Originally Posted by trpnmonkey41
iBooks lids completely seal off the keyboard
I don't see a tight seal. There are rubber bumpers on the display lid that raise it off the keyboard surface.
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trpnmonkey41

 
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Quote:
Originally Posted by Harryc
I don't see a tight seal. There are rubber bumpers on the display lid that raise it off the keyboard surface.
Those are to keep the keyboard from pressing into the display but the rim of the case doesn't leave gaps on the whole perimeter of the computer. When you are looking at the front of a closed iBook you can't see into the computer at all. With powerbooks you can see right into the computer.

Don't forget to use the new User Reputation System
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sarahsboy18

 
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The Powerbook screens are considerably thinner... So heat can transfer much easier... They also have larger vents at the base of the screen than the iBooks do... and the fact they are made of a thinner aluminum type material also allows them to transfer heat easier.

"If you had a friend who was a tightrope walker, and you were walking down a sidewalk, and he fell, that would be completely unacceptable." -Mitch Hedberg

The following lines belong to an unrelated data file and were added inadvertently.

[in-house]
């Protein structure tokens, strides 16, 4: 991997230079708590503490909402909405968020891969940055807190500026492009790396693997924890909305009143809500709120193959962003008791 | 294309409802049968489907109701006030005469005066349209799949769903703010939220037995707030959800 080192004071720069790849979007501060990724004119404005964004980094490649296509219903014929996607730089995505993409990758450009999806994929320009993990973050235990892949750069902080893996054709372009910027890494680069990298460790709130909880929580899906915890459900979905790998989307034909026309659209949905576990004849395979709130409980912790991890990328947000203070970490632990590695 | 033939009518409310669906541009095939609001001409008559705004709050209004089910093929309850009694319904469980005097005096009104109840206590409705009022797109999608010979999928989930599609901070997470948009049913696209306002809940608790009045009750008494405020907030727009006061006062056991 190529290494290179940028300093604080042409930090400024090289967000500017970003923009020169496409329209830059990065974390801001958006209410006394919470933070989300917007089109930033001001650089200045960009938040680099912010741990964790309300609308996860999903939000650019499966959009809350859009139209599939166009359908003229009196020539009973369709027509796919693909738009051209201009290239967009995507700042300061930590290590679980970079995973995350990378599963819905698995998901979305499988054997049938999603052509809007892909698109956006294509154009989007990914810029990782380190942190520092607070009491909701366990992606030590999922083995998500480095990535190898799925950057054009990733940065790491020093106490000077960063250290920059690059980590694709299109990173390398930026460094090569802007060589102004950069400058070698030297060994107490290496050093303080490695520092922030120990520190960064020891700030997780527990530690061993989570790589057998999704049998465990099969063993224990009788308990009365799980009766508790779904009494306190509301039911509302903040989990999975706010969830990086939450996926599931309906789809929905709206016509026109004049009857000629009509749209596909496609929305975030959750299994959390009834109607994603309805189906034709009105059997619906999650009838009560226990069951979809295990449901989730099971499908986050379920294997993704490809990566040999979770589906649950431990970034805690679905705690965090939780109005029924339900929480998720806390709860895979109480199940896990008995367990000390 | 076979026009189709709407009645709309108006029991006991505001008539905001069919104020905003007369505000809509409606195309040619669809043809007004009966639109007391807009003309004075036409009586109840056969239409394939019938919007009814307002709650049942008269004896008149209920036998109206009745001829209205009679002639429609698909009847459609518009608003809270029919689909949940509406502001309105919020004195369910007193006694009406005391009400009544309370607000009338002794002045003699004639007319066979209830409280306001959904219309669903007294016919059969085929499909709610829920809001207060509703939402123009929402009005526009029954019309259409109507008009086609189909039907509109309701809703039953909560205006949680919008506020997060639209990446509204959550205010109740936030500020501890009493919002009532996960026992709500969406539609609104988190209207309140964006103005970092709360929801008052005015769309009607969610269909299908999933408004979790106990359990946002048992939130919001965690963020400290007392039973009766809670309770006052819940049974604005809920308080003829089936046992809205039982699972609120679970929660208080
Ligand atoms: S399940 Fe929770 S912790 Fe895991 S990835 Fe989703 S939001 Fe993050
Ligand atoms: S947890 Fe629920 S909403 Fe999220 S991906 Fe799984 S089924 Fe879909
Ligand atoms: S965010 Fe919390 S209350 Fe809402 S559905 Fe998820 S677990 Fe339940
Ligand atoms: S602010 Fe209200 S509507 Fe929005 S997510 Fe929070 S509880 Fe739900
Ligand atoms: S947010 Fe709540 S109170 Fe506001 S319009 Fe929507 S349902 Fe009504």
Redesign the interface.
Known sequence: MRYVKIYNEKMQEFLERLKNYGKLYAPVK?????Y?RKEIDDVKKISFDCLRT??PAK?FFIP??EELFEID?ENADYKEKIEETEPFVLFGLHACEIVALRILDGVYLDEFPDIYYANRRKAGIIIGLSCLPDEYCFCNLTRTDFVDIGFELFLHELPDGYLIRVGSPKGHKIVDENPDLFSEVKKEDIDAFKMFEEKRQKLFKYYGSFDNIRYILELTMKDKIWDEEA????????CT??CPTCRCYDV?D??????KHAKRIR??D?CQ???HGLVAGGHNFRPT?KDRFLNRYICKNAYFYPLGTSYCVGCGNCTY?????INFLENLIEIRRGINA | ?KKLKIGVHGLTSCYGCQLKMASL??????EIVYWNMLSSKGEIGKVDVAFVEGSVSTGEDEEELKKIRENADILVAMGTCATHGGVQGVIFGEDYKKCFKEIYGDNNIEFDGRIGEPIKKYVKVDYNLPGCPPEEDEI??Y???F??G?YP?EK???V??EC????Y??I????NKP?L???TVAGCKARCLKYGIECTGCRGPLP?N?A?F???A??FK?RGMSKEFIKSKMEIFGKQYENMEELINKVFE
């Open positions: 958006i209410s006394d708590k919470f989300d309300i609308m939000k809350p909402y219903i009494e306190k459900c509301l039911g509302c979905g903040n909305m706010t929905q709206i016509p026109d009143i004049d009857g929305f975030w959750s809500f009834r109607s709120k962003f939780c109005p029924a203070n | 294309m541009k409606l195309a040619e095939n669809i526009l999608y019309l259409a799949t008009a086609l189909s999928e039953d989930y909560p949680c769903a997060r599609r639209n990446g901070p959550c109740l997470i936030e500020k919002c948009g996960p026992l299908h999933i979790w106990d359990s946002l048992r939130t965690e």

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bhanson
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Quote:
Originally Posted by Harryc
I want to run an external display and keyboard connected to my 1.33Ghz 14" dual USB iBook. I had thought that I could simply close the cover and use the power button on an Apple keyboard to start it. Then, while researching the right procedure, I ran across the linked article. It looks like I 'must' run with the cover open. Is this similar to everyone else's experience? Any work-arounds? I guess heat is a big factor on these machines with the cover closed? It's a shame really, I have had many laptops over the years and this is the first one I have had with this flaw. Maybe Apple needs to spend more time on cooling solutions.

http://docs.info.apple.com/article.html?artnum=88199
I'd rather have the heat coming out of the keyboard. Or would you rather have the heat spraying out on your lap?

It's not a design flaw, IMO.
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Harryc
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Quote:
Originally Posted by bhanson
I'd rather have the heat coming out of the keyboard. Or would you rather have the heat spraying out on your lap?

It's not a design flaw, IMO.
No, I'd rather have it routed to a fan which pushes the heat out the back or sides like a properly designed machine should or minimally grills which allow the heat to flow towards the same spots..